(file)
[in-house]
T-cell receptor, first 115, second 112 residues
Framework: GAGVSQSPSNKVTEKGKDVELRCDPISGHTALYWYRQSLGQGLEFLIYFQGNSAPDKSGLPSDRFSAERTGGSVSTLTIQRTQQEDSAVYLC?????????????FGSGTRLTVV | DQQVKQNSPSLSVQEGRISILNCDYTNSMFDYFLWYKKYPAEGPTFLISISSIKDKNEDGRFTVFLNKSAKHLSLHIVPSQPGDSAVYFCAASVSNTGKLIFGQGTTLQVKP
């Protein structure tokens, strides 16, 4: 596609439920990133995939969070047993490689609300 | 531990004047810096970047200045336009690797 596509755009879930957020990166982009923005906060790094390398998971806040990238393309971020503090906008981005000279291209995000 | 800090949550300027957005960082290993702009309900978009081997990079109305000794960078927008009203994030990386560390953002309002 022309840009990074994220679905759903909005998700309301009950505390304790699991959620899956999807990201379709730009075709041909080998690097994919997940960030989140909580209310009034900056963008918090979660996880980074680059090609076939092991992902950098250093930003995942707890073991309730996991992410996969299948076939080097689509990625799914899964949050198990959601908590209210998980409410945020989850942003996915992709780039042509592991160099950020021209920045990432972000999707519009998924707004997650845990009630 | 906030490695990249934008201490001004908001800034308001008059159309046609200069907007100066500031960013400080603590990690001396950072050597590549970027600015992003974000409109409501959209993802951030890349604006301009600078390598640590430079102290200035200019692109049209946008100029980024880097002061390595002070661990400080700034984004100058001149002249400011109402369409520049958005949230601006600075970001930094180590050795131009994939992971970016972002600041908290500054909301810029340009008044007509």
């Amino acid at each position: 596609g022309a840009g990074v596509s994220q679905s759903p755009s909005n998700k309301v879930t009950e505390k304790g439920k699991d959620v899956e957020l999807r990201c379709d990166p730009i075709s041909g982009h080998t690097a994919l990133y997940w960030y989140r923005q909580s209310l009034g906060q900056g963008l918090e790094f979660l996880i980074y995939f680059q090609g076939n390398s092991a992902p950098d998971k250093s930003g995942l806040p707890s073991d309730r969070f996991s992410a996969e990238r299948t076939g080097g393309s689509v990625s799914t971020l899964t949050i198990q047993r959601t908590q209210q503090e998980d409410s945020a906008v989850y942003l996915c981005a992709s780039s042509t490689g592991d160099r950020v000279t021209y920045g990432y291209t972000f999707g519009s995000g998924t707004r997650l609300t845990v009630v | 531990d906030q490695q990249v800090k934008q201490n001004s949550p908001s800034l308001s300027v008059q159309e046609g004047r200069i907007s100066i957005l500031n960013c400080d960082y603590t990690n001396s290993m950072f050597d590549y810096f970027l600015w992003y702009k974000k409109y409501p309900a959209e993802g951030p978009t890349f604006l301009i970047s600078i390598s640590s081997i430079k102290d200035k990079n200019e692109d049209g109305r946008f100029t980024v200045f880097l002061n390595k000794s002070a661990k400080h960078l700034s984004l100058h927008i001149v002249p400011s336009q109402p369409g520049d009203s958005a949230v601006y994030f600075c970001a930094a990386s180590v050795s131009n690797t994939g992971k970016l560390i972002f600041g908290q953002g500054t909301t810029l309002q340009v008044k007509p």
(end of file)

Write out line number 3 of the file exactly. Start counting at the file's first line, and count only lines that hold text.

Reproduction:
Framework: GAGVSQSPSNKVTEKGKDVELRCDPISGHTALYWYRQSLGQGLEFLIYFQGNSAPDKSGLPSDRFSAERTGGSVSTLTIQRTQQEDSAVYLC?????????????FGSGTRLTVV | DQQVKQNSPSLSVQEGRISILNCDYTNSMFDYFLWYKKYPAEGPTFLISISSIKDKNEDGRFTVFLNKSAKHLSLHIVPSQPGDSAVYFCAASVSNTGKLIFGQGTTLQVKP